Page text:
In axial flow compressors and fans, the stable working range is restricted by the so called stall line where operation may become unstable and simultaneously a short fall in compressor performance appears. Stall margin improvement has been a major task and experimental observations over the last two decades have shown that modifying the shape of the outer annulus wall, above the tips of rotor blades, is effective in delaying the onset of stall to lower mass flow rates. A wide variety of wall modifications or casing treatments have been tried with a range of stall flow improvement which can amount to about 20% .(of the stalled flow) An alternative technique for stall margin improvement in a single stage axial flow machine has been studied and results will be described in the present thesis. The technique for delaying stall involves a large scale treatment to the outer casing of the compressor which extends partly over and mainly upstream of the rotor. The operating principle appears to be that as the flow is reduced towards the stall point some radially unbalanced cells are transported from the blade tips where they are collected in the treatment , turned by the treatment vanes , and re-introduced to the main flow upstream of the rotor. A rotor with and without outlet stators has been tested ( and also with and without casing treatment) over a range of speeds and flow conditions. Also the flow condition inside the recessed casing has been simulated by means of an existing computer code known as PHOENICS.

Large deformation, large roation elasto-plastic shell analysis with particular application to tubular members and joints

Holsgrove, Stephen Clive January 1987 (has links)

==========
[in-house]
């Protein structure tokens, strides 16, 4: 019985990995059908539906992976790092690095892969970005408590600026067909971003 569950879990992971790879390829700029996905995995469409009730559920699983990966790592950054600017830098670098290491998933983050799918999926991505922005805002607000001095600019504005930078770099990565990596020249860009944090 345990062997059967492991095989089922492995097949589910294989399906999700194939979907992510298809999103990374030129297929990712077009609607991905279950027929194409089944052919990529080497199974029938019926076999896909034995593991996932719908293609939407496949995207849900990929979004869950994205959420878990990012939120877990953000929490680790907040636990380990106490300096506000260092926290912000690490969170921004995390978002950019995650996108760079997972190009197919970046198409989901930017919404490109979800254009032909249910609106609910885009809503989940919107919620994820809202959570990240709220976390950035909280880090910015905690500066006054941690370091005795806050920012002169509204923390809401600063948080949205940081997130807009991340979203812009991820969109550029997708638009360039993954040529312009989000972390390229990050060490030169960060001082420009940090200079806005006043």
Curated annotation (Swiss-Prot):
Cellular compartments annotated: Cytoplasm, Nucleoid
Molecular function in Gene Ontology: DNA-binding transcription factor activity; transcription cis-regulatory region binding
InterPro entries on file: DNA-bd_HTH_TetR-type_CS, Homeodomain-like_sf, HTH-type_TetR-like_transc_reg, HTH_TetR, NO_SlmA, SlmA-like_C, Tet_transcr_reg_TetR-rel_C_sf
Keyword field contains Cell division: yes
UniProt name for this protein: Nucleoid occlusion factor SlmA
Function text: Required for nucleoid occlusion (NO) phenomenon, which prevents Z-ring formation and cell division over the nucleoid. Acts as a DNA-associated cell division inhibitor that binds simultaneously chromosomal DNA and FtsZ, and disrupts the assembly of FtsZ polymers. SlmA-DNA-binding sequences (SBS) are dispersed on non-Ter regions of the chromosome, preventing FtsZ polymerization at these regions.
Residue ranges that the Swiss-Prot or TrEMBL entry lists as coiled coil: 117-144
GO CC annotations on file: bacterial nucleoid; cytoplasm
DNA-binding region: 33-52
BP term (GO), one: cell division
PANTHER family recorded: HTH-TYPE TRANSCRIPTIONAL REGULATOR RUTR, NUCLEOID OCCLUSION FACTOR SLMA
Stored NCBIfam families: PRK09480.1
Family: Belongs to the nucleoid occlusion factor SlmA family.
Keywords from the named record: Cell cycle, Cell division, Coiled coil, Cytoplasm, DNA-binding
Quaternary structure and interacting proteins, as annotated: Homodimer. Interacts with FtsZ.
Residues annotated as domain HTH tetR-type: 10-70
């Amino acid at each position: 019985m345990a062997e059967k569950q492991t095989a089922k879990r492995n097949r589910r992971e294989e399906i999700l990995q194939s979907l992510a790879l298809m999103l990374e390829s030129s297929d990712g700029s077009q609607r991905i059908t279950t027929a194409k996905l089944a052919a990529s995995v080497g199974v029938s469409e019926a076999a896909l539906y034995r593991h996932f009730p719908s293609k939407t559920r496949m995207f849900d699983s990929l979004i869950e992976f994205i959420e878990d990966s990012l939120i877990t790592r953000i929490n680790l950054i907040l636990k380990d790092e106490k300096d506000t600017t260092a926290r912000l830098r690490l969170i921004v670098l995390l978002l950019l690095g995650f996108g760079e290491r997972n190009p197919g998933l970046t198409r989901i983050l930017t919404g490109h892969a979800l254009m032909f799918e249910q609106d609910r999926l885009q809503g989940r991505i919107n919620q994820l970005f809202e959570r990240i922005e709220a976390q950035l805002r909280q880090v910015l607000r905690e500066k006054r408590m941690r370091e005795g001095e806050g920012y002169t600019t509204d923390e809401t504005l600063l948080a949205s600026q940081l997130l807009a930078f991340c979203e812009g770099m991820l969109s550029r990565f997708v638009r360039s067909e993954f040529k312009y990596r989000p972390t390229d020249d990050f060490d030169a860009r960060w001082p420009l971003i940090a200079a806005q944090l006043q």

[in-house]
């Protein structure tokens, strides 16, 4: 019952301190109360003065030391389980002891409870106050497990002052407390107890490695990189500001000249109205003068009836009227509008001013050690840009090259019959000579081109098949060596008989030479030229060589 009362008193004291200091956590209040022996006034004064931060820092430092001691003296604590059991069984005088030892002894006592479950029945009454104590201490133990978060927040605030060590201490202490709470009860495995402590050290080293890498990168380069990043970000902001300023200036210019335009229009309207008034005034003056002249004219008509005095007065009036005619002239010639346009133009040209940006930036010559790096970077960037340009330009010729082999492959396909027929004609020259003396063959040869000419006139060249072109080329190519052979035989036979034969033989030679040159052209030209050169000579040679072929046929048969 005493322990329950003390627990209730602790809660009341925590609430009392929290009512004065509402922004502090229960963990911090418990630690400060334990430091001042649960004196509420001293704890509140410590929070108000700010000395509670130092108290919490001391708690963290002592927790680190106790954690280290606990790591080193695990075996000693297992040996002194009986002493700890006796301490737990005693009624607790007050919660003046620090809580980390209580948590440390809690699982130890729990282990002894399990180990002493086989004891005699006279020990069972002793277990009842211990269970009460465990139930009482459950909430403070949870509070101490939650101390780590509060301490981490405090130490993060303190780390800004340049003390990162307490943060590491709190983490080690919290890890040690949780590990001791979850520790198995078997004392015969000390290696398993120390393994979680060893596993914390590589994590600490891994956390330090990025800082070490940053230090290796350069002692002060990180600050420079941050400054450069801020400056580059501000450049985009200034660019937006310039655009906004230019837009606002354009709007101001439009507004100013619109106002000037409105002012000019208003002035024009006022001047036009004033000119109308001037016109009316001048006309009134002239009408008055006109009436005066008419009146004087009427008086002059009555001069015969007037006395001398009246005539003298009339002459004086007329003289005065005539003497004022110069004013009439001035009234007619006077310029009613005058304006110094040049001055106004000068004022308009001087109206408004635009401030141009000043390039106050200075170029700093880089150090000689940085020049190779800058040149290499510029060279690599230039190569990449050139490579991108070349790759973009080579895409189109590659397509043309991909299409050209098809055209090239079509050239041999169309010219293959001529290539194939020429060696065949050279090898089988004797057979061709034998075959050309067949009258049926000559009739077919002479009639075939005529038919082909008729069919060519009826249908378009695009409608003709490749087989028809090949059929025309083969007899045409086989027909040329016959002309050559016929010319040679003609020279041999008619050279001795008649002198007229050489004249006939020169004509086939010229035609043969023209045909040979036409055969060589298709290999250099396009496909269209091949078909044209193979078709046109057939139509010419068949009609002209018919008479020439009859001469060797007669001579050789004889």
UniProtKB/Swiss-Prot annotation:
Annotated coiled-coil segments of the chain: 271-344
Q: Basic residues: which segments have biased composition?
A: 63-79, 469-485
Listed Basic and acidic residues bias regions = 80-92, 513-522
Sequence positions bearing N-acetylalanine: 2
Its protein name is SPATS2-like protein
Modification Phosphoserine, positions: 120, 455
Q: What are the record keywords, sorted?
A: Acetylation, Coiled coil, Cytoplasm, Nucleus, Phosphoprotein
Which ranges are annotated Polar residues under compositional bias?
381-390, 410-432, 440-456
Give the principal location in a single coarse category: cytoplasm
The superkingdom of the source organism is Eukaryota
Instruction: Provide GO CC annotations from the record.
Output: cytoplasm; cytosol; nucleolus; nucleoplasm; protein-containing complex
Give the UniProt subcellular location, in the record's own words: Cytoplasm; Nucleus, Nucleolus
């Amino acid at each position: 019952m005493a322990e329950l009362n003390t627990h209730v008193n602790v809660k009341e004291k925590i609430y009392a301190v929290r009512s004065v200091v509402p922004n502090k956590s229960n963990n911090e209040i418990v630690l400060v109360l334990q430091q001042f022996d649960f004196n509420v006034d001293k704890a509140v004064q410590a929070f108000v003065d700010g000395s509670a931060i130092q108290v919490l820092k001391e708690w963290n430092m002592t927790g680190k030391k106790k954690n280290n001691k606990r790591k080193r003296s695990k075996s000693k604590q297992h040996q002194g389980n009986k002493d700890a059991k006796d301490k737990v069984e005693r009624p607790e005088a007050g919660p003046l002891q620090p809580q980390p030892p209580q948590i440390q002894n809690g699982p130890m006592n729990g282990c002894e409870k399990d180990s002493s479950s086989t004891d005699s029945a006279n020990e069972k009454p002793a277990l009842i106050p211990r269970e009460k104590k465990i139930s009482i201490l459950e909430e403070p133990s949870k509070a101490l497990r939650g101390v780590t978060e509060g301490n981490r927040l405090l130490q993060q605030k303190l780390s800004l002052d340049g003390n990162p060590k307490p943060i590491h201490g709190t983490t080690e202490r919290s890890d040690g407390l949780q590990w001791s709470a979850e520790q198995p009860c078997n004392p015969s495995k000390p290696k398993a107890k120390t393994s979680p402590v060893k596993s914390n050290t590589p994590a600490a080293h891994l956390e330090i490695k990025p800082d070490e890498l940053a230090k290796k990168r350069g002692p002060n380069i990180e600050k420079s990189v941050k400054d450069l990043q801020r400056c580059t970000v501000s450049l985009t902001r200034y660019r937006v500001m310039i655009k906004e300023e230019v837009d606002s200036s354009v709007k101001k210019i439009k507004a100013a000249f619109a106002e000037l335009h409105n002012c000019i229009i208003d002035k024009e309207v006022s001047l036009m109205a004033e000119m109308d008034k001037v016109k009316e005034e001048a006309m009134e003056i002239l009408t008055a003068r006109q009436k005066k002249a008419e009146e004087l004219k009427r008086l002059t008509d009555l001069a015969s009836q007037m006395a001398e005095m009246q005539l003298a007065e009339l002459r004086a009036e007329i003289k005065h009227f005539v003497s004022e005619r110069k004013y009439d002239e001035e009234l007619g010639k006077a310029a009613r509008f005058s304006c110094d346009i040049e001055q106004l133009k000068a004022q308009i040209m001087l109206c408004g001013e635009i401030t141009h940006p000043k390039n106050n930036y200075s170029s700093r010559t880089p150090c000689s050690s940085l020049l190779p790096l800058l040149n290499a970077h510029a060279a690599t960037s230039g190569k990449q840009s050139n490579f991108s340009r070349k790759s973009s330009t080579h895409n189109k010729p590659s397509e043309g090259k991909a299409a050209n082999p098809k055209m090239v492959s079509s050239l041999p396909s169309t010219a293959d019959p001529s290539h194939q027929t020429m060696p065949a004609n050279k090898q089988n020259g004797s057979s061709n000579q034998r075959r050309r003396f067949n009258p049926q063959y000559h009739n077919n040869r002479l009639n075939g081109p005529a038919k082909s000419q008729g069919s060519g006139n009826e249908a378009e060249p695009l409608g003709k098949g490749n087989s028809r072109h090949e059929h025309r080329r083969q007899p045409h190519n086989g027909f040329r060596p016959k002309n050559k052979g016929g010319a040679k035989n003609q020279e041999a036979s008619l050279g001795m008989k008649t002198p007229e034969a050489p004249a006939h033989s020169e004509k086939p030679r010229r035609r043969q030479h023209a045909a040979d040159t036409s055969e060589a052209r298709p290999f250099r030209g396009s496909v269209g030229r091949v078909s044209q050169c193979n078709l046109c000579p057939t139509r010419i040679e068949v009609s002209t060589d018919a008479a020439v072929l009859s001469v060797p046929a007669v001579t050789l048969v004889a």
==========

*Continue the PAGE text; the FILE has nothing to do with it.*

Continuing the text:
The ultimate strength assessment of steel tubular members is of the utmost importance to the design and maintenance of many structures including large offshore platforms. Ultimate strength assessments I using numerical solutions must model both nonlinear material and geometric behaviour. The latter must consider large displacements, very often large rotations, and possibly even large strains. These numerical solutions must be computationally efficient and be capable of running on generally available computer hardware, i.e. minicomputers. To achieve this efficiency, attention must be paid to programming considerations, and a new suite of data management modules has been developed and is described in this thesis, which minimise disk storage and speed program development. In addition, the structural modelling was carried out almost exclusively using the Semiiaaf thin shell element. The work described in this thesis considers most of the components which contribute to the numerical ultimate strength analysis of steel tubular members. Theoretically, attention has been focused in two areas, namely the geometric nonlinearity and the automatic solution of the resulting nonlinear equations. A detailed study has been carried out to understand fully the main methods of accounting for geometric nonlinearity from fundamentals of continuum mechanics. The study has considered both the Green-Lagrange and Logarithmic strain measures with a Total Lagrangian, Updated Lagrangian and Eulerian description of motion. These formulations have been included in the Semiiaaf shell element, firstly using a continuum mechanics based approach, and secondly using the more orthodox stress resultant approach. At all stages within the thesis attention is drawn to the effects of the approximations which have been made and their resulting limitations in the respective formulations. The solution of the nonlinear equations is also covered in detail using Newton-type algorithms coupled with line searches. The solution algorithms have been derived for a constrained environment where a modified version of the generalised arc-length constraint has been used. The inclusion of material nonlinearity has been well developed previously but has been included for completeness. To demonstrate the performance and limitations of the theory presented, several carefully chosen numerical examples have been included which include the analysis of tubular steel T and X joints connections and residual strength assessment of a dented pipeline riser. Where possible, results have been compared with experimental tests. The thesis concludes that for general engineering structures, the Total Lagrangian approach based on the stress resultant model gives good engineering results, even in the presence of moderately large rotations. Of the alternative formulations the Updated Lagrangian layered approach is probably the most effective for large rotations and small to moderate strains.